But if you’re confident you can do this yourself, you should consider starting the hiring process early. An agency may have the connections to speed up the process, but you may not.

Setting up a legal entity in a foreign country can be very expensive, but it gives you access to remote employees in other countries. It can also improve your brand and your competitiveness.

There are three ways to set up a legal entity:

  • Representative Office: Employees work as company representatives only and aren’t involved in sales or contracts. This can help you get a foothold in a new country. Setup is generally simple and involves registering with the national and local governments.
  • Branch Office: A manager needs to be responsible for the company’s operations on-site. Setup requires registering with the host country’s government, and the person who completes registration must be a citizen or permanent resident of the host country.
  • Subsidiary: A country representative must speak on behalf of the company and meet with government officials face-to-face several times a year. Subsidiaries are beholden to the regulatory and political laws of the host country, not the United States.

Each of these options has its pros and cons, but all of them require a significant upfront cost and administrative effort. You’ll need to register your business with the host country, obtain country-specific licenses and permits, understand local laws, and set up a payroll system.

Step 2.3: Partner With a Global Employer of Record

Partnering with a global employer of record (EOR) is an alternative way of becoming compliant enough to hire foreign employees. This is the least expensive option if you want to hire foreign employees who will live and work in the US. You can also use an EOR to hire foreign employees without needing to set up a branch office or subsidiary in a host country.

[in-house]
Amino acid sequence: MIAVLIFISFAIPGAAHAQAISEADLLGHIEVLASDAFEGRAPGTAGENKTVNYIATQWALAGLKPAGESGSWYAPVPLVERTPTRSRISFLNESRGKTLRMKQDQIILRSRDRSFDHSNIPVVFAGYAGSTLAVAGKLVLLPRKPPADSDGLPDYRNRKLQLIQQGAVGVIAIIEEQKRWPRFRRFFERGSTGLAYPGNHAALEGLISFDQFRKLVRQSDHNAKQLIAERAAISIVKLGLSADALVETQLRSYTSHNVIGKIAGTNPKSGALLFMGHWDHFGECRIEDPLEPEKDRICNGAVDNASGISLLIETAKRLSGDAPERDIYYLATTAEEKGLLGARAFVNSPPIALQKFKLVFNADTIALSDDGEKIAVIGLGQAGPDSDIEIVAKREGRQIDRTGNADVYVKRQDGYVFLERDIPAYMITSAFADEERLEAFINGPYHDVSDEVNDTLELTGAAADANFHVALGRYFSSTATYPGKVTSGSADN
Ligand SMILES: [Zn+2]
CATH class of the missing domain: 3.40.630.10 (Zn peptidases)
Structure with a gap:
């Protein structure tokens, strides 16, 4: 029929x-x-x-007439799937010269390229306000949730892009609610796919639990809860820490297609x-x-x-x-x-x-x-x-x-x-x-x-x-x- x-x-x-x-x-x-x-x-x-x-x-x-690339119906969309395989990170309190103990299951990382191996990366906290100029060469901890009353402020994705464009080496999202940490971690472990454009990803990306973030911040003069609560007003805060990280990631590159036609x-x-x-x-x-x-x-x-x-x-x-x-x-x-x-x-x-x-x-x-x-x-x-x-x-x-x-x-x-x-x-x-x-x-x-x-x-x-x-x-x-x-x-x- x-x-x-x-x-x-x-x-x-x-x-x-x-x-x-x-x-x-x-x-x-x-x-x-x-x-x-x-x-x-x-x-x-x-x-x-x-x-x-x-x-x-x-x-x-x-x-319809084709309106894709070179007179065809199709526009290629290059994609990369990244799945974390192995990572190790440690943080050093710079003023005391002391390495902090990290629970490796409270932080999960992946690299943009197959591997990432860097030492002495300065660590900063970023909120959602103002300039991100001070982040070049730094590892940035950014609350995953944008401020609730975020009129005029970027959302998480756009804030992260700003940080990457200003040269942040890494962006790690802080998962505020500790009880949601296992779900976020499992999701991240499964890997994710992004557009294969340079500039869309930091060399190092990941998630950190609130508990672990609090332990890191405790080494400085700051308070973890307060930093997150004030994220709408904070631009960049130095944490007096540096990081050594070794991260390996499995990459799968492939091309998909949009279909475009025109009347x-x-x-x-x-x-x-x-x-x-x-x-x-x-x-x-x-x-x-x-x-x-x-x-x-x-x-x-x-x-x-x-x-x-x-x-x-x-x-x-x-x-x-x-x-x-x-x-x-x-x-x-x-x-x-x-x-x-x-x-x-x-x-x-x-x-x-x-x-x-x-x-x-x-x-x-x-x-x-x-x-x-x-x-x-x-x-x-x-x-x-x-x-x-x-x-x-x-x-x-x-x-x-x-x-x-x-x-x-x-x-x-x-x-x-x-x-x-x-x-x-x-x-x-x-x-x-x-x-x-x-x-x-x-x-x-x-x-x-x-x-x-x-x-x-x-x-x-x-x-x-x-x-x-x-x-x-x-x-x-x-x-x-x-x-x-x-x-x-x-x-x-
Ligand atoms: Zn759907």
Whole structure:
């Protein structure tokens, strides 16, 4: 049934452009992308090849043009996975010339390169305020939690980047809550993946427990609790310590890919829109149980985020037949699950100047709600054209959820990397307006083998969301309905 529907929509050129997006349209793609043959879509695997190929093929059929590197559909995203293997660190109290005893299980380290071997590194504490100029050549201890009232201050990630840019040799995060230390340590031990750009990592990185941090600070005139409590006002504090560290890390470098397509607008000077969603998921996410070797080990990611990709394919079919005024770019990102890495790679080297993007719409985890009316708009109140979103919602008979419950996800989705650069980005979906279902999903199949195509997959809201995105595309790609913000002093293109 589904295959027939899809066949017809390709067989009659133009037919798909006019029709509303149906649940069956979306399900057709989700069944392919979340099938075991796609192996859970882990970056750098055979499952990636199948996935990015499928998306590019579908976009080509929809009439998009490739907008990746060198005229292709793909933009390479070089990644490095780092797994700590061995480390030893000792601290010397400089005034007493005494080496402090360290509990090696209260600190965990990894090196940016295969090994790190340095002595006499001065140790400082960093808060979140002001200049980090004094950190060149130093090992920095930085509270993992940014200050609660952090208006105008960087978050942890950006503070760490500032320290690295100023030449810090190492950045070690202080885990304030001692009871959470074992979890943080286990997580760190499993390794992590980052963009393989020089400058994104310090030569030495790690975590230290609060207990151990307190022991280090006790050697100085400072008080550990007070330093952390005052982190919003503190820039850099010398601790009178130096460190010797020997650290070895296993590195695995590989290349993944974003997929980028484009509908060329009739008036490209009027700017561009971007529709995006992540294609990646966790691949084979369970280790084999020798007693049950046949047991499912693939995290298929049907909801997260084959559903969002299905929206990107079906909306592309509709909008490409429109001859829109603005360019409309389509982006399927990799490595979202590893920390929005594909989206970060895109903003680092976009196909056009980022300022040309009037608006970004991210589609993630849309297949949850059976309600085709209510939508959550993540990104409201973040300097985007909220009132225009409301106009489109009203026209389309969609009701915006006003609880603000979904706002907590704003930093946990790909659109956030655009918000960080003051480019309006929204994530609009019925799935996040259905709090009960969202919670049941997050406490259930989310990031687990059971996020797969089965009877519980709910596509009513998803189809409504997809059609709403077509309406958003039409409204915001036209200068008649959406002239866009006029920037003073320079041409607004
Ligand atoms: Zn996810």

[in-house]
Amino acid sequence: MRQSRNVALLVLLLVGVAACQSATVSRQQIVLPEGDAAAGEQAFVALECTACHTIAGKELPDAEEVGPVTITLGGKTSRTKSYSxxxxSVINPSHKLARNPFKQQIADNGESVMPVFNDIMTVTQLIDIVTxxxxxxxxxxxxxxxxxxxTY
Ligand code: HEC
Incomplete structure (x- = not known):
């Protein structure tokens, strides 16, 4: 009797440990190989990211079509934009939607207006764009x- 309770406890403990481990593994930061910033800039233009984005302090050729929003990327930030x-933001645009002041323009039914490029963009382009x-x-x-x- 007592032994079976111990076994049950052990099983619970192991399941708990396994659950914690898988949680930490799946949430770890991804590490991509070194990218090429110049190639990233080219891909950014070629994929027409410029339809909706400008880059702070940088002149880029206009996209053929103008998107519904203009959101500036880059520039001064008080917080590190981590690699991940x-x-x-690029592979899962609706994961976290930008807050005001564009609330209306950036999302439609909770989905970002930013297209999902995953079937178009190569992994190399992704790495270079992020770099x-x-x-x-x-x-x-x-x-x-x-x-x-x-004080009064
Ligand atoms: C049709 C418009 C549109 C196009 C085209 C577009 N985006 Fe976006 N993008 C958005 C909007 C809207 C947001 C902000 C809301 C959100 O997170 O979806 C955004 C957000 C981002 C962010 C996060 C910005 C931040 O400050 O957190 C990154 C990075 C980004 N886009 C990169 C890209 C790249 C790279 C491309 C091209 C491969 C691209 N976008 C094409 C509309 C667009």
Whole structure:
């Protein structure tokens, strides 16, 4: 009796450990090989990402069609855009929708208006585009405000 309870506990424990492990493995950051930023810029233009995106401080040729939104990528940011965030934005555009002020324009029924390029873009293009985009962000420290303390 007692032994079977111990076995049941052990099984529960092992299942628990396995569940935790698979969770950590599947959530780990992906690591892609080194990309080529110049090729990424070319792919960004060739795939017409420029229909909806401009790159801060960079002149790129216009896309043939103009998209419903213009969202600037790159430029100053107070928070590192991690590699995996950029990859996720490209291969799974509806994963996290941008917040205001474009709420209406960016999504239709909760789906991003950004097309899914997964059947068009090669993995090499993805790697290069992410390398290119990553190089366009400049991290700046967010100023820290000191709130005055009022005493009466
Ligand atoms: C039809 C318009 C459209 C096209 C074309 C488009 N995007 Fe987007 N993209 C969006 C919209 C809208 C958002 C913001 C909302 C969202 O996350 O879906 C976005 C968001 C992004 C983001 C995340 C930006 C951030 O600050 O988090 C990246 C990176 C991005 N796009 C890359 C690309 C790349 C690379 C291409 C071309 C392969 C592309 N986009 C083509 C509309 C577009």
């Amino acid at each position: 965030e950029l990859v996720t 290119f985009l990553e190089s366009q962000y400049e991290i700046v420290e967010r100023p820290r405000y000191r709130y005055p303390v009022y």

An EOR will act as an employer on behalf of the business. They’ll take responsibility for all of the compliance and paperwork needed for hiring overseas employees. EORs will oversee regulatory compliance, payroll taxes, and the process of establishing relationships overseas.

While this means you’ll need to rely on a third party, this can be beneficial if you don’t have a system in place or you want to ensure the foreign hiring process is completed faithfully.

Step 2.4: Hire an Independent Contractor

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Hiring an independent contractor is incredibly straightforward compared to hiring an employee. If you decide to hire one, you don’t have to read other sections of this article.

There are many great benefits to hiring an independent contractor. For one, you’re typically not in charge of paying the contractor’s income tax, health insurance, and retirement expenses, among other things. You also have more flexibility and don’t have to commit to a long-term contract.

While employers are obligated to pay for private servers to keep customer data confidential, they don’t have to pay for office equipment, internet, sick days, or workers’ compensation. For all of these reasons, independent contractors cost much less than employees.

With that said, there are some things you have to consider when hiring a contractor:

  • Compliance: You’ll need to hire an expert in international law to ensure you don’t misinterpret any laws or miss important details that could impact your business.
    • In some countries, independent contractors automatically become employees after a period. This could cause you to pay back taxes or offer benefits.
    • Some countries won’t readily update their laws and regulations. And if they do, you may not receive a notification from that country when it happens.
    • Many countries automatically award ownership of the IP to the person who delivered the work. This is true in Canada and many parts of Europe.